Turkeys galore and other fishy tales
Catching happy trout will make this columnist happy
There’s no shortage of places to get good seafood around here.
Pretty much anywhere you pull over on the island you’ll likely find a fish market. From Bay St. Lawrence to Arichat to Louisbourg, North Sydney and tons of places in between. Hit the wharf in Glace Bay at the right time and you could come home with anything from mackerel to swordfish.
Or, for that matter chicken of the sea, pork loin of the sea, roast beef of the sea, Cornish hen of the sea. Budweiser and Jim Beam of the sea… Toyota Corolla of the sea.
Little story. One hot summer in the early 80s, a supply ship headed for Iceland from the USA sank not too far off our coast and all the supplies, in piggyback train cars, bobbed up for a tour around the Atlantic, free for the towing and salvaging.
I was strolling down Main St., near McKeen, in the Bay, when my hair suddenly stood on end. There was a rush in the air, even without a breath of wind. A general feeling that something was up. A dead calm, just before the pandemonium.
Then my buddy Dave came staggering up the road under the influence of two frozen 25 lb. turkeys that hung under his arms like unruly toddlers. He was happy and out of breath and told me the story in gasps. Then he had to bolt. Get the turkeys home and get back to the wharf pronto.
It was like life turned into an asteroid movie. People were running past me with chickens and boxes of wings and boxes of sliced ham and salami. Running home or to their cars to unload and head back for more.
Ten minutes later I was wharf-side, inside one of the cars, wading in greasy, ankle deep seawater, with a crowd of others, with packages of bacon and salamis flying through the air. And somehow I emerged with two bone-in pork loins. Another buddy of mine scored a box of Cornish hens. Oh happy day! They said that in New Waterford a couple of cars were towed in full of roast beefs and hamburger. One came in with a new car inside. One came into the Bay full of booze they said, but that one went up the road under armed guard. Whose guards was a source of lively discussion. Anyway. End of story. Generally, you can expect just fish.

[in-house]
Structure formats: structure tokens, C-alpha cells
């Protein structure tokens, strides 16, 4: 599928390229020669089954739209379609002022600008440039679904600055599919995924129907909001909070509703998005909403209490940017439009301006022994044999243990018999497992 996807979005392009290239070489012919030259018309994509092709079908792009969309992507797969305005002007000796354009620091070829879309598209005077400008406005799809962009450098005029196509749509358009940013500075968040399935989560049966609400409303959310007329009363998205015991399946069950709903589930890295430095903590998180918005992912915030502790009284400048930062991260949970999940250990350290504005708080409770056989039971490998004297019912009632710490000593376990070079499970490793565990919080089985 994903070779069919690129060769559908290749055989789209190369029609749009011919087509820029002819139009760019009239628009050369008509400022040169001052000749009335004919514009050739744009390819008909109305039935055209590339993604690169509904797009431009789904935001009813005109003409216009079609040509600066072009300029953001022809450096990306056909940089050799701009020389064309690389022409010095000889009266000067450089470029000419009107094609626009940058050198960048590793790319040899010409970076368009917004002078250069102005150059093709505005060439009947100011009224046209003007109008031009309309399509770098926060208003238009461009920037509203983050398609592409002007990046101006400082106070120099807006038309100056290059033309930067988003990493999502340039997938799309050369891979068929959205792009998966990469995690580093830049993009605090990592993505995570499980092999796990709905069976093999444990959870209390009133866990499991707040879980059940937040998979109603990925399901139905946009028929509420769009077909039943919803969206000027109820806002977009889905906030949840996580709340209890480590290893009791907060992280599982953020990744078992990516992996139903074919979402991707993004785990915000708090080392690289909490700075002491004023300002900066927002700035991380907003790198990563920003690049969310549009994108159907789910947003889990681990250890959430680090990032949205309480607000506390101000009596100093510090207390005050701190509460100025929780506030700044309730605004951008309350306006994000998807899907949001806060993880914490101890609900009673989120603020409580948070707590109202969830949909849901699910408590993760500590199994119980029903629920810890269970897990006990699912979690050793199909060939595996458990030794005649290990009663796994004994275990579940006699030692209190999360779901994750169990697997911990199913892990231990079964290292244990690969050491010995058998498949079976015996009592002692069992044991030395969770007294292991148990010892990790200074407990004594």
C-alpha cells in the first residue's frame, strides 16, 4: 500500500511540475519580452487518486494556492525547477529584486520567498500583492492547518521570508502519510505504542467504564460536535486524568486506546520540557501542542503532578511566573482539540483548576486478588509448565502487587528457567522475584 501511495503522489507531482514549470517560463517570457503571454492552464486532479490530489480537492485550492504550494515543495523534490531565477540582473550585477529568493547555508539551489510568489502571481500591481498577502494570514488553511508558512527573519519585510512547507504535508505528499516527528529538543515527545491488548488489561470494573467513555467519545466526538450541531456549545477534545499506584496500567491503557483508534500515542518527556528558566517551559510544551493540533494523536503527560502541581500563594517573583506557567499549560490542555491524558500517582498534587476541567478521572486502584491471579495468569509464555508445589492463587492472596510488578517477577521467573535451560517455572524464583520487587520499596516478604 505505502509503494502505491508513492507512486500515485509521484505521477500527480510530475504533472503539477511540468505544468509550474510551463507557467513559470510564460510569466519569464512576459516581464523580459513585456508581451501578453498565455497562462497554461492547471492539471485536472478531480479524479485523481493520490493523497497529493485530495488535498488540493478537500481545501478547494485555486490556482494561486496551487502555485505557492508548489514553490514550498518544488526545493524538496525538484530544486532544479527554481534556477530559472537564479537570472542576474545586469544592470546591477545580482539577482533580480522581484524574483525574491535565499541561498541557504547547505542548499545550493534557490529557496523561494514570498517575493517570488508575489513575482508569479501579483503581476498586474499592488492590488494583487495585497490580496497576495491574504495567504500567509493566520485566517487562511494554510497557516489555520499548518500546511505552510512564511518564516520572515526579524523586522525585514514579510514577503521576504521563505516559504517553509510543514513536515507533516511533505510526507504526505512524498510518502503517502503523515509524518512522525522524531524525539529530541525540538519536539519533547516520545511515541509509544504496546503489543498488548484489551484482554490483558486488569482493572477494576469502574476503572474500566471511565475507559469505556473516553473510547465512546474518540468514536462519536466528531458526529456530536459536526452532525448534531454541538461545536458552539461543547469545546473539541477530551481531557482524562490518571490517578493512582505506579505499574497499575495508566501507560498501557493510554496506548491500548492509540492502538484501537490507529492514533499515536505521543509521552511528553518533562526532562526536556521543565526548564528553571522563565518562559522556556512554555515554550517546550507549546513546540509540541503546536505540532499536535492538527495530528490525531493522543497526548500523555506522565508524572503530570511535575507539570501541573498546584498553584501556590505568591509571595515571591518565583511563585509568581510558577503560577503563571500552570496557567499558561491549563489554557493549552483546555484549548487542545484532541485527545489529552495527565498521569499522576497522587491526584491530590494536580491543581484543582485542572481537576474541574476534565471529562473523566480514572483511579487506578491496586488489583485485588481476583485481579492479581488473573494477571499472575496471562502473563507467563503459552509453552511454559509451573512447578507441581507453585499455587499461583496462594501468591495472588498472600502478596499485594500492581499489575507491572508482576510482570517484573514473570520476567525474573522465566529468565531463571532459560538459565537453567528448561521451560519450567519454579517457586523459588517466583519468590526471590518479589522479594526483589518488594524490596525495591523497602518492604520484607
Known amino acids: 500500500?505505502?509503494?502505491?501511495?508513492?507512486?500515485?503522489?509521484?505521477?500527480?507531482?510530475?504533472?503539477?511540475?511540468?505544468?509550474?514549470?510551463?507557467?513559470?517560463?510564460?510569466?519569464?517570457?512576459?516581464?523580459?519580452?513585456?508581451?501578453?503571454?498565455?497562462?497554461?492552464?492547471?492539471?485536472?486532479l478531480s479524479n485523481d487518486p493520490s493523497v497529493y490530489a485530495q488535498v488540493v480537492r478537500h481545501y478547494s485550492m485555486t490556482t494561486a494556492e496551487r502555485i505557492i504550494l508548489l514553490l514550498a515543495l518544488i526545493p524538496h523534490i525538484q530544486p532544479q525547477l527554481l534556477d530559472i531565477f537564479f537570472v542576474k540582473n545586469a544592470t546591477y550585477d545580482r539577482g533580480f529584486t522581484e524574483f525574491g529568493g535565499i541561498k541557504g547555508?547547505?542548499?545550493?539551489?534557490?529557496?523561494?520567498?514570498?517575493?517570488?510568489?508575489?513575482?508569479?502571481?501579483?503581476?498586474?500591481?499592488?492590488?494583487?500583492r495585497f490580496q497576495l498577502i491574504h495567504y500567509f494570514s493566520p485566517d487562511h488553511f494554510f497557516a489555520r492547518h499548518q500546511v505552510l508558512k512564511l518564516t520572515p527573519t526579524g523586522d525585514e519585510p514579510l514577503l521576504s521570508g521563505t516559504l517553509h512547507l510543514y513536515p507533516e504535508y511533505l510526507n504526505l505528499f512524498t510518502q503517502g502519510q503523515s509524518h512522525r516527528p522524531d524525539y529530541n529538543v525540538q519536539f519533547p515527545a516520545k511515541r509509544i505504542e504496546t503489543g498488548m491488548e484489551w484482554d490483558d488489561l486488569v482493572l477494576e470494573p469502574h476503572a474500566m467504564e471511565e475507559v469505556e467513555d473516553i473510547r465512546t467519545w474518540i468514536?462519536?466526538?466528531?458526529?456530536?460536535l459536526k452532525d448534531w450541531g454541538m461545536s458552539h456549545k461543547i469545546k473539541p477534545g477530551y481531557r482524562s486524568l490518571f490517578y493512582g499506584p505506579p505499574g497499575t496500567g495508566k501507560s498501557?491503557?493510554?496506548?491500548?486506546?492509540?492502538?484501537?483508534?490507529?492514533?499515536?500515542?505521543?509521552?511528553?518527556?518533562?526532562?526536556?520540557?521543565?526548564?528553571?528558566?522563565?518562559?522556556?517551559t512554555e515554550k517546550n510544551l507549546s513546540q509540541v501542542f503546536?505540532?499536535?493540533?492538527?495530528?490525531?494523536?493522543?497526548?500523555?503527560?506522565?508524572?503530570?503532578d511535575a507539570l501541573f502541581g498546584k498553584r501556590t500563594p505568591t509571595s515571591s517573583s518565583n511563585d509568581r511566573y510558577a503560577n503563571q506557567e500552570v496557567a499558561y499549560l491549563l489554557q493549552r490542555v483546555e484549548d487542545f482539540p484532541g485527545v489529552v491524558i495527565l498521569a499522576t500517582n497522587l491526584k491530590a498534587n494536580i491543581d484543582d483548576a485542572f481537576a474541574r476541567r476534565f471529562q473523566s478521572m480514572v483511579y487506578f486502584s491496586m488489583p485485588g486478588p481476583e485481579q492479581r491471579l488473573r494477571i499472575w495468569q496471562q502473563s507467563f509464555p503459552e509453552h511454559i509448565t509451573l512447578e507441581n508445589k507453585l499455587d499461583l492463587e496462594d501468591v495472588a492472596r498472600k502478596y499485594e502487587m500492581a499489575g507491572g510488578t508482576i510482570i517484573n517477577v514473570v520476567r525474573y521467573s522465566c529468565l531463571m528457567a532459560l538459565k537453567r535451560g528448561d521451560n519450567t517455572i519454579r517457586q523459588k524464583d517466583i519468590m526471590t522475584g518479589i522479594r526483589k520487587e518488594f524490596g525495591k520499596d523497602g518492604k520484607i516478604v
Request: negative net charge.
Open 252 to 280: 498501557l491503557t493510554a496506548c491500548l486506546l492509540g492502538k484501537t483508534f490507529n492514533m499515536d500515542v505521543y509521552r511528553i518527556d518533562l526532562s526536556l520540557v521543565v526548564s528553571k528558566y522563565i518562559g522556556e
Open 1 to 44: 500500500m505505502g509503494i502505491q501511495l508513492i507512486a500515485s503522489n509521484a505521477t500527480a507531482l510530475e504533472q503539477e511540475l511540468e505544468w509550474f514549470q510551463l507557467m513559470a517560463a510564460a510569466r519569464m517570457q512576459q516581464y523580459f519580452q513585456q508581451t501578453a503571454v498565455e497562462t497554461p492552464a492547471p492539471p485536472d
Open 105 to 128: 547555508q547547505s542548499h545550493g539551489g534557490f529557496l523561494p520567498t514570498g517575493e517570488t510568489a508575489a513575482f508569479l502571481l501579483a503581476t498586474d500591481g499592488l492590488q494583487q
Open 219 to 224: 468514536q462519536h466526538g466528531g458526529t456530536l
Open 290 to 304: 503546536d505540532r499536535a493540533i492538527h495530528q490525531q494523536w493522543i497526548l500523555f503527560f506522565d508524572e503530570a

And for me, the more fish in my diet the better.
This is where I am now in the raging, wearisome debates of what to eat, how much to drink, how to live, walk or drive or ride, who to vote for and what to think.
Why fish? It makes me cheerful. Happy.
I know, it’s not the Aristotelian happiness whereby one looks back on life from the deathbed and judges by his or her actions throughout if he or she did the right thing, was a good person, thought of others, etc, to sum up a logical, sternly happy life of steadfastness and responsibility. A life lived for the common good.
No, in this case, it’s chemical, and let’s face it, a lot of our UNhappiness is chemical lately too, so why not? Yes, it’s the Omega 3 fatty acids that every doctor in the land will tell you are, hey! Guess what? Good for you. Good for your body AND your mind.
When I eat fish, I feel glad to be alive. Tickled trout pink.
In fact, come April, I’m getting a license and a rod and reel.
I think catching them will make me even happier. Find myself a nice little brook full of nice little happy speckled trout who have lived good lives, crammed to the eyeballs with Omega 3 fatty acids.
And if I come home in a new Toyota full of Cornish hens, all the better.
There’s nothing like fish for dinner.